However, he said this is not the only context in which these attacks occur and narrated the case of his reporter María Virgina Velásquez, who he said was severely beaten by a group of women members of a community council while covering the visit of former opposition parliamentarian María Corina Machado to the University Hospital in Merida state.

Batiz also reported that the intensity of attacks on journalists is different in the various states of the country. He said the attacks and pressure on journalists who work in the country’s regions, especially the most remote in the south-central part of the country, are sometimes stronger than those that occur in the capital.

In this regard, he said that during the last week of May, a colleague in the state of Barinas, Marieva Fermín, was chased by members of a community council for publishing, through El Pitazo, a video where you can see civil protection agents and assistants physically carrying patients up and down the stairs of the hospital.

“This, in turn, led to the physician who made the video being chased by the community council, a very aggressive situation,” Batiz said.

Laura Weffer, co-founder and managing editor of the news portal Efecto Cocuyo, agrees that the violence against the press has increased as a consequence of the economic and social crisis of the country. This, coupled with the lack of access to information as well as what she called “shock groups” (groups of violent civilians who are presumably pro-government) who are present during coverage of the protests, making the work of journalists more difficult.

“I dare to say that in the last six months, it has been really brutal. The issue is that there is no access to public information, there is only access to las cadenas [national broadcasts from the government] that really is not information, but propaganda,” Weffer said in conversation with the Knight Center.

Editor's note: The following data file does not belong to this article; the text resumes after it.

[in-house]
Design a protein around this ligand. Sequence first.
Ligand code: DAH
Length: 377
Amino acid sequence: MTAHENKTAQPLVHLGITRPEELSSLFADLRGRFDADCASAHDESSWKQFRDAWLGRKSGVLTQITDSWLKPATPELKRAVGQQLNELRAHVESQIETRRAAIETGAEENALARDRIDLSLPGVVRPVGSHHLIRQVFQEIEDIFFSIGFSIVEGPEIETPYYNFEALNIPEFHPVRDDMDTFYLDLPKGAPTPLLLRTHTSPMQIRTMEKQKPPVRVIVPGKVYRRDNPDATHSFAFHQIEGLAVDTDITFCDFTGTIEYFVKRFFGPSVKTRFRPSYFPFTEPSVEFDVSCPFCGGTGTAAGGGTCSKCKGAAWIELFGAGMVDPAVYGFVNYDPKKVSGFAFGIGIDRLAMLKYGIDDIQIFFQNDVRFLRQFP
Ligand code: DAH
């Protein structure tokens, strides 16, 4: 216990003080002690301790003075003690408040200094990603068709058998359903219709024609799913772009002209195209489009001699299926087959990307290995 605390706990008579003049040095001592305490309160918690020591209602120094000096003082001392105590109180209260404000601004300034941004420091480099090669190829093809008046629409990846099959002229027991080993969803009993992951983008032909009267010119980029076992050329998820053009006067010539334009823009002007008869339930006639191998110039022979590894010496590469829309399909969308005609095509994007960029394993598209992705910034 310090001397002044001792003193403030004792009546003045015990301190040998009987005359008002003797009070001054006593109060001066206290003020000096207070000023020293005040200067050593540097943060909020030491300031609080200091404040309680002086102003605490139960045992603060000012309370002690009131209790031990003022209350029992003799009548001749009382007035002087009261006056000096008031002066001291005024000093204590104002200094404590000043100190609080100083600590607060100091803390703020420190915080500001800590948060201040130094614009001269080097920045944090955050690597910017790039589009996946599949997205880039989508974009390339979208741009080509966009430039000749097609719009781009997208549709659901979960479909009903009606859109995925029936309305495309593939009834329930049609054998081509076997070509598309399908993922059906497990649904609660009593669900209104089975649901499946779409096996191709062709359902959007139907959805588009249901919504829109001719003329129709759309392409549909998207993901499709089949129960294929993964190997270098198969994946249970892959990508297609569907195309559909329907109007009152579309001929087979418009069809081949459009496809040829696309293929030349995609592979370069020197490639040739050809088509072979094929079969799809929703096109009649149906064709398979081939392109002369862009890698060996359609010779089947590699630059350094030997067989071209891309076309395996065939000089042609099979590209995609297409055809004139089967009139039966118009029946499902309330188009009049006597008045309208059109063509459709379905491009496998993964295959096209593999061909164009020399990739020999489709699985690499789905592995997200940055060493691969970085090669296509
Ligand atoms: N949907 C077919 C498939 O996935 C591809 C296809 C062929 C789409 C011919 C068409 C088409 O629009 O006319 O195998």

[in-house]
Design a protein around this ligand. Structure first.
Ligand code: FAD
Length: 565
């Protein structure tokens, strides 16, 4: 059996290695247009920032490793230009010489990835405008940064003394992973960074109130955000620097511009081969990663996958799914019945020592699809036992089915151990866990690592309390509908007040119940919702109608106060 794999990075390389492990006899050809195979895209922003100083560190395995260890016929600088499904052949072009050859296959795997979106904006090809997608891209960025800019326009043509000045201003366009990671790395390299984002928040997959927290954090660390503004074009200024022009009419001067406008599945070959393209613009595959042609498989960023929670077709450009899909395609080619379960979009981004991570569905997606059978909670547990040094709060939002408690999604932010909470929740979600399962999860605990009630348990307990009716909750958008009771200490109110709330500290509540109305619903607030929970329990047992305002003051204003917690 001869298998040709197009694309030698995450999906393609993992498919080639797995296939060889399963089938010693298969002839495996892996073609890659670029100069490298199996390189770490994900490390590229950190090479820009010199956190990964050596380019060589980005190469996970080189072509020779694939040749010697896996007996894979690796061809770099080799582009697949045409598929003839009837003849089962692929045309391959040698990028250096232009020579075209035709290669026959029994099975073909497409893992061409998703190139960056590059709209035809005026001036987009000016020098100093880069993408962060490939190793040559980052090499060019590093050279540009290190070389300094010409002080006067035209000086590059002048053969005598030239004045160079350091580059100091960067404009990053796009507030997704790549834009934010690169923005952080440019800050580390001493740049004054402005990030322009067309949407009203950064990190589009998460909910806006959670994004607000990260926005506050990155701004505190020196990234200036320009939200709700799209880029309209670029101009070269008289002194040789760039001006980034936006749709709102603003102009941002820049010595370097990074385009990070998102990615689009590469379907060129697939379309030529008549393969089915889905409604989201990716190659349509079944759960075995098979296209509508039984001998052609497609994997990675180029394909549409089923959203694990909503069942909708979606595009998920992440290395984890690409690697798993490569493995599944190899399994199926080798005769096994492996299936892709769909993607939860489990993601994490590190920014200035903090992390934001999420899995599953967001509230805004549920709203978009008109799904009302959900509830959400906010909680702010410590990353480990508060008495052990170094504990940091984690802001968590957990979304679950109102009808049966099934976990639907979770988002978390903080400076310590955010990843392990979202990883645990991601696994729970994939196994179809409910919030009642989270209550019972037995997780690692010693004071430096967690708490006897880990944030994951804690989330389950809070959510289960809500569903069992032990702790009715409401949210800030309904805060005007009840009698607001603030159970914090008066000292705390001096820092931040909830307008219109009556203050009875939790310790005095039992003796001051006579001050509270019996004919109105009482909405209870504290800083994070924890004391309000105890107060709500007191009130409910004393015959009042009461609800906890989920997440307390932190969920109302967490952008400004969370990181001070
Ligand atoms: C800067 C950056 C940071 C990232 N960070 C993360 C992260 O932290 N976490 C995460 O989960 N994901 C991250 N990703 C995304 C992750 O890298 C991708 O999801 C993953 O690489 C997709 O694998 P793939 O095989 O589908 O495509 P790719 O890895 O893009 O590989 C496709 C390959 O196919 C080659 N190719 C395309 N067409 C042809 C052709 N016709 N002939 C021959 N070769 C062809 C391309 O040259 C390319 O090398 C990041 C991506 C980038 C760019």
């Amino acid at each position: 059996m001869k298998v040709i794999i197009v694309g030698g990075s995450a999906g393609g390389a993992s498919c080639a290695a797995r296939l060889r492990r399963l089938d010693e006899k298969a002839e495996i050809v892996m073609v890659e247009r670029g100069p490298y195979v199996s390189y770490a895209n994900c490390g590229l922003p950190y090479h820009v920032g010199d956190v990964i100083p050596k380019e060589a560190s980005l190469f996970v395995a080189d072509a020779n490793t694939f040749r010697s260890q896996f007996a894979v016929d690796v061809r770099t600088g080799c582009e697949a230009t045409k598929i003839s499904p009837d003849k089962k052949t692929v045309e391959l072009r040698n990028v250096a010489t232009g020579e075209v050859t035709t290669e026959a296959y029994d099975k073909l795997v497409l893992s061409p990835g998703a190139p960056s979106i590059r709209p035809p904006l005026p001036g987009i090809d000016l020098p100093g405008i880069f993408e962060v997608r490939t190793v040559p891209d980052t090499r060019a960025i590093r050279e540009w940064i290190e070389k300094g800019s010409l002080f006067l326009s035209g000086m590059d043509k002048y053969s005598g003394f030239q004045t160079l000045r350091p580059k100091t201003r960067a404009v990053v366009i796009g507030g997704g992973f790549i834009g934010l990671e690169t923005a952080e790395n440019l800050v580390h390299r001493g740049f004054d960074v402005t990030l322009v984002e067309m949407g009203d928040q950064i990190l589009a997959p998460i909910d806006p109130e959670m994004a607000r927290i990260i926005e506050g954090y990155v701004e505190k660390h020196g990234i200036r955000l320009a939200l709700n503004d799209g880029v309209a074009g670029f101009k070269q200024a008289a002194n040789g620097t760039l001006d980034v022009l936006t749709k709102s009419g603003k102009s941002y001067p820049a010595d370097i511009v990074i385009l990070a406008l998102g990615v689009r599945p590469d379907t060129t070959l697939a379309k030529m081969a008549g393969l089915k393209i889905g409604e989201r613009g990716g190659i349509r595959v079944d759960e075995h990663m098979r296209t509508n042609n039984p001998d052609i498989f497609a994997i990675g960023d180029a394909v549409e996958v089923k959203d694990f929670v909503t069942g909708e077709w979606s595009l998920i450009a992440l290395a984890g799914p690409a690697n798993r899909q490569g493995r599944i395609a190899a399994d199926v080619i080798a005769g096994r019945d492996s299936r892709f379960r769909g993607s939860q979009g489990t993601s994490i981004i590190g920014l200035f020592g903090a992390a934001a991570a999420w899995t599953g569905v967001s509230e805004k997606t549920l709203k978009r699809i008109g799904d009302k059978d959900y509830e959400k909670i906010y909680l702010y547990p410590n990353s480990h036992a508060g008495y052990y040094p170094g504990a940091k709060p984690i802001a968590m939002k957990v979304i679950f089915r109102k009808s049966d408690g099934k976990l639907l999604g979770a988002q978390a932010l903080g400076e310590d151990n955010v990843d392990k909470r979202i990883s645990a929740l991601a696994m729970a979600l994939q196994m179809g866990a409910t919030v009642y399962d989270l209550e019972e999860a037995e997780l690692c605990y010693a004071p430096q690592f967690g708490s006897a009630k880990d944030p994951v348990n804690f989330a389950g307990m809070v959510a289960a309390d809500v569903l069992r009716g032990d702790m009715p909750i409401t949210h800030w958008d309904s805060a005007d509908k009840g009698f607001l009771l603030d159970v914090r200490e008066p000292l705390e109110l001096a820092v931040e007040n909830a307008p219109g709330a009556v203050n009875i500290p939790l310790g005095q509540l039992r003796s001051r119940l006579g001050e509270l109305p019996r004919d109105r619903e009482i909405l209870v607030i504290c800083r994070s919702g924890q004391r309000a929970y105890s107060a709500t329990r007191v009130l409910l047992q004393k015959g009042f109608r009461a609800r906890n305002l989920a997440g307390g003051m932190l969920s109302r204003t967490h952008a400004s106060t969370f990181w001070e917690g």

“As people are less afraid to speak, both the police and the National Guard become more defensive and then police abuses occur,” Weffer said. “For example, during the coverage of a protest over food, one of the journalists from Efecto Cocuyo, Reynaldo Mozo, was put in prison and was handcuffed to a pole for an hour and a half. The security forces are extremely ‘unruly’ and are becoming less and less tolerant of the press.”

For IPYS Venezuela, the cases of violations to freedom of expression that are considered “of most concern” have occurred in the states of Caracas, Táchira and Bolívar, showing high levels of political and social unrest in this places.

In turn, Carlos Correa, director of Espacio Público, said there has also been an increase in political and social mobilizations, and consequently, increased press coverage in the streets since the first decree of a State of Economic Emergency on January 15.

“This registers more reports on a weekly basis  [in comparison with previous months] of attacks against the press that cover these demonstrations,” Correa said in an interview with the Knight Center.

The government, according to the freedom of expression NGO, represses all media coverage about the shortage of medicine and food.

On the current situation in Venezuela, Correa said “the result of the [presidential] decrees generates a rupture in the constitutional guarantees in structural terms. We have the exercise of power without a counterweight, without balance.” He added that this also restricts the possibility of exercising freedom of expression.

On June 1, the Inter-American Commission on Human Rights (IACHR) expressed concern about the decree and added that “the arbitrary use of such measures impinges on democracy and restricts freedom of expression, equality before the law, and freedom of association, rights established in the American Declaration of the Rights and Duties of Man.”

(Editor’s Note: Interviews with Balbi (IPYS), Correa (Espacio Público) and Batiz (El Pitazo) took place before the June 2 protests.)

*Journalist Silvia Higuera contributed to this article.

Note from the editor: This story was originally published by the Knight Center’s blog Journalism in the Americas, the predecessor of LatAm Journalism Review.